This relatively small economy is heavily dependent on both commercial and subsistence agriculture which provides employment for more than 60% of the labour force. The major crops are: cocoa, coffee and cotton (the most important), which together generate about 30% of export earnings. Cocoa provides a direct livelihood to some 11,000 households, with additional benefits to a substantial chain of collectors, transporters, traders and various exporters.
At the time of independence, yields were low (150-200 kg/ha), but after a significant replanting programme with hybrids during the 1970s, yields improved to about 400kg/ha. The major concerns are decreasing areas and decline in production, with ageing tree stock and the resurgence of pest problems such as Black Pod, Swollen Shoot and mirids. Enthusiasm to participate in this project is driven by the need for compliance with EU directives and concerns that this may not be possible if the cocoa farmers and other stakeholders in the sector are not adequately informed and appropriately trained.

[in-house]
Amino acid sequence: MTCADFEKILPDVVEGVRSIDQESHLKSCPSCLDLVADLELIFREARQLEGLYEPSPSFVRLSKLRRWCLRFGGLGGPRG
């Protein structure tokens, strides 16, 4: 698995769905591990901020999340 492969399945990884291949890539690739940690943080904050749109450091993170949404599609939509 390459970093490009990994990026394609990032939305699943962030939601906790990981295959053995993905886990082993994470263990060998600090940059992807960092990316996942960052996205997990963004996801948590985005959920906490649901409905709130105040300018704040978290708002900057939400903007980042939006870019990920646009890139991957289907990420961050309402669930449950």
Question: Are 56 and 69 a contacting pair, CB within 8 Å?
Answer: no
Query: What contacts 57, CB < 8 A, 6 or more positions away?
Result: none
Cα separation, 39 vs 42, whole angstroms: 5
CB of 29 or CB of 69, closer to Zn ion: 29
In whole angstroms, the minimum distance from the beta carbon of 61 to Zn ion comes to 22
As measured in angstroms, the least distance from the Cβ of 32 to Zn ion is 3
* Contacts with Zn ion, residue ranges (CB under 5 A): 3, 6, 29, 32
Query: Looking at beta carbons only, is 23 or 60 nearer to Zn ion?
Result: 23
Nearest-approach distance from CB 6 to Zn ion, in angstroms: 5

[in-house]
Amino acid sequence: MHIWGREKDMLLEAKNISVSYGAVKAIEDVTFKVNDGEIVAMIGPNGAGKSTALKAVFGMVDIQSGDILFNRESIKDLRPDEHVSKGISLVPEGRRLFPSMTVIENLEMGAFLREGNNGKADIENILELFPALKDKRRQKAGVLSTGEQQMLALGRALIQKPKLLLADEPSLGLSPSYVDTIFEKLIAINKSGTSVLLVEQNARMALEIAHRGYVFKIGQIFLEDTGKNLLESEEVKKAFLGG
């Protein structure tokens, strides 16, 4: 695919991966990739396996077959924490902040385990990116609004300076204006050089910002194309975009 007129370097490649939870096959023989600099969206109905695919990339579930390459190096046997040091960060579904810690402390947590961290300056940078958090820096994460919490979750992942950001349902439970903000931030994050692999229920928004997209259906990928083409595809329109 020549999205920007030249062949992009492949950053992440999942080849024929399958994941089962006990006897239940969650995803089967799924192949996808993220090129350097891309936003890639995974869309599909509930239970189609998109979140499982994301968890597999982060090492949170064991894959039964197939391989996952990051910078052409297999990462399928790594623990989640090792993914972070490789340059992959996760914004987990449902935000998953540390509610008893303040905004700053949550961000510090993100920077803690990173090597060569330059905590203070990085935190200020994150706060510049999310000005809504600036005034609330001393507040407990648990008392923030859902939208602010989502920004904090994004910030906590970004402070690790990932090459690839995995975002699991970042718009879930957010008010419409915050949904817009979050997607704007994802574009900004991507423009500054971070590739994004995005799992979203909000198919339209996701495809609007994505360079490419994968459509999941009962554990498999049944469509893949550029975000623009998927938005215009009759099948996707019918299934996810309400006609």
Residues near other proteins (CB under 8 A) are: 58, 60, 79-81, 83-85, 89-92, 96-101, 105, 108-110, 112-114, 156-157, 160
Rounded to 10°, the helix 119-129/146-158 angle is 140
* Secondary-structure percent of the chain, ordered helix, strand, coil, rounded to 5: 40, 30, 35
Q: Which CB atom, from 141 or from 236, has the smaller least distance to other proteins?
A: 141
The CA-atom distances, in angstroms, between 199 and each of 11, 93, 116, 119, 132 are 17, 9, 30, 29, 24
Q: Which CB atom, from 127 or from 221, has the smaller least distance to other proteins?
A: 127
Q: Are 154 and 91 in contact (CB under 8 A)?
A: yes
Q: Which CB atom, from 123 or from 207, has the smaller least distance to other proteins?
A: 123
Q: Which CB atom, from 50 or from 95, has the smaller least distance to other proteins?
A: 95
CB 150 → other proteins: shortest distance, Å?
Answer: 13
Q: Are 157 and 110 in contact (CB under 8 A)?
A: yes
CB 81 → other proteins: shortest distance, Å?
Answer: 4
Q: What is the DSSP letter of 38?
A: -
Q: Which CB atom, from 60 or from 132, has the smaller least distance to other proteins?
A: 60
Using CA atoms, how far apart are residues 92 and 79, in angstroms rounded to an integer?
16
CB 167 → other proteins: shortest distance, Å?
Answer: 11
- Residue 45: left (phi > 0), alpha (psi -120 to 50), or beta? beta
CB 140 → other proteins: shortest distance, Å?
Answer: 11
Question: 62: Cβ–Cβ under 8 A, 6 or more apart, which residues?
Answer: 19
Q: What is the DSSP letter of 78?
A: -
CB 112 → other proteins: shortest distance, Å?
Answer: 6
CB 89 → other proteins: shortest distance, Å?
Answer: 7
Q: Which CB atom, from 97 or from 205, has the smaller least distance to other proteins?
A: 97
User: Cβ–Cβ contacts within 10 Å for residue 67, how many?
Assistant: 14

International Cocoa Organization
06 BP 1166 Abidjan 06
Tel: +225 22 51 49 50/51
Fax: +225 22 51 49 79
The ICCO International Cocoa Agreement is available to download in Acrobat PDF format.
The procedures for becoming a member of the International Cocoa Organization are provided in Articles 52 to 57 of the International Cocoa Agreement, 2010.